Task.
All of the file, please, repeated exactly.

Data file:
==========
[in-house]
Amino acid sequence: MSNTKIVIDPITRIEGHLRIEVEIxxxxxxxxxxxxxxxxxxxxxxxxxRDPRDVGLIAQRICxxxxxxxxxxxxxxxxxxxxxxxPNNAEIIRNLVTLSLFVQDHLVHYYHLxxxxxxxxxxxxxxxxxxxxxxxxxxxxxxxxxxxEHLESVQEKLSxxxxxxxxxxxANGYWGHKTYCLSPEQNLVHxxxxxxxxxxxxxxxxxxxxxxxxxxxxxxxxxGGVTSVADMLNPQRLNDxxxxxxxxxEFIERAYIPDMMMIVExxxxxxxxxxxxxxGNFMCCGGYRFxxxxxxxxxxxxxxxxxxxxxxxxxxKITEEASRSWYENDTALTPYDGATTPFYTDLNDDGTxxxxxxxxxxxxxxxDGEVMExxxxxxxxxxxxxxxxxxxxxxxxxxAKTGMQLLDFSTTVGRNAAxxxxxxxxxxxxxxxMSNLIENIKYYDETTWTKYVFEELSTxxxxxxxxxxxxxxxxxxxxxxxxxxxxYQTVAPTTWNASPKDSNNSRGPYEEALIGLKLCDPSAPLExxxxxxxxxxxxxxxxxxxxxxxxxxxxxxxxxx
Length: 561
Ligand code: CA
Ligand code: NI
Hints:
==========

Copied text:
[in-house]
Amino acid sequence: MSNTKIVIDPITRIEGHLRIEVEIxxxxxxxxxxxxxxxxxxxxxxxxxRDPRDVGLIAQRICxxxxxxxxxxxxxxxxxxxxxxxPNNAEIIRNLVTLSLFVQDHLVHYYHLxxxxxxxxxxxxxxxxxxxxxxxxxxxxxxxxxxxEHLESVQEKLSxxxxxxxxxxxANGYWGHKTYCLSPEQNLVHxxxxxxxxxxxxxxxxxxxxxxxxxxxxxxxxxGGVTSVADMLNPQRLNDxxxxxxxxxEFIERAYIPDMMMIVExxxxxxxxxxxxxxGNFMCCGGYRFxxxxxxxxxxxxxxxxxxxxxxxxxxKITEEASRSWYENDTALTPYDGATTPFYTDLNDDGTxxxxxxxxxxxxxxxDGEVMExxxxxxxxxxxxxxxxxxxxxxxxxxAKTGMQLLDFSTTVGRNAAxxxxxxxxxxxxxxxMSNLIENIKYYDETTWTKYVFEELSTxxxxxxxxxxxxxxxxxxxxxxxxxxxxYQTVAPTTWNASPKDSNNSRGPYEEALIGLKLCDPSAPLExxxxxxxxxxxxxxxxxxxxxxxxxxxxxxxxxx
Length: 561
Ligand code: CA
Ligand code: NI
Hints: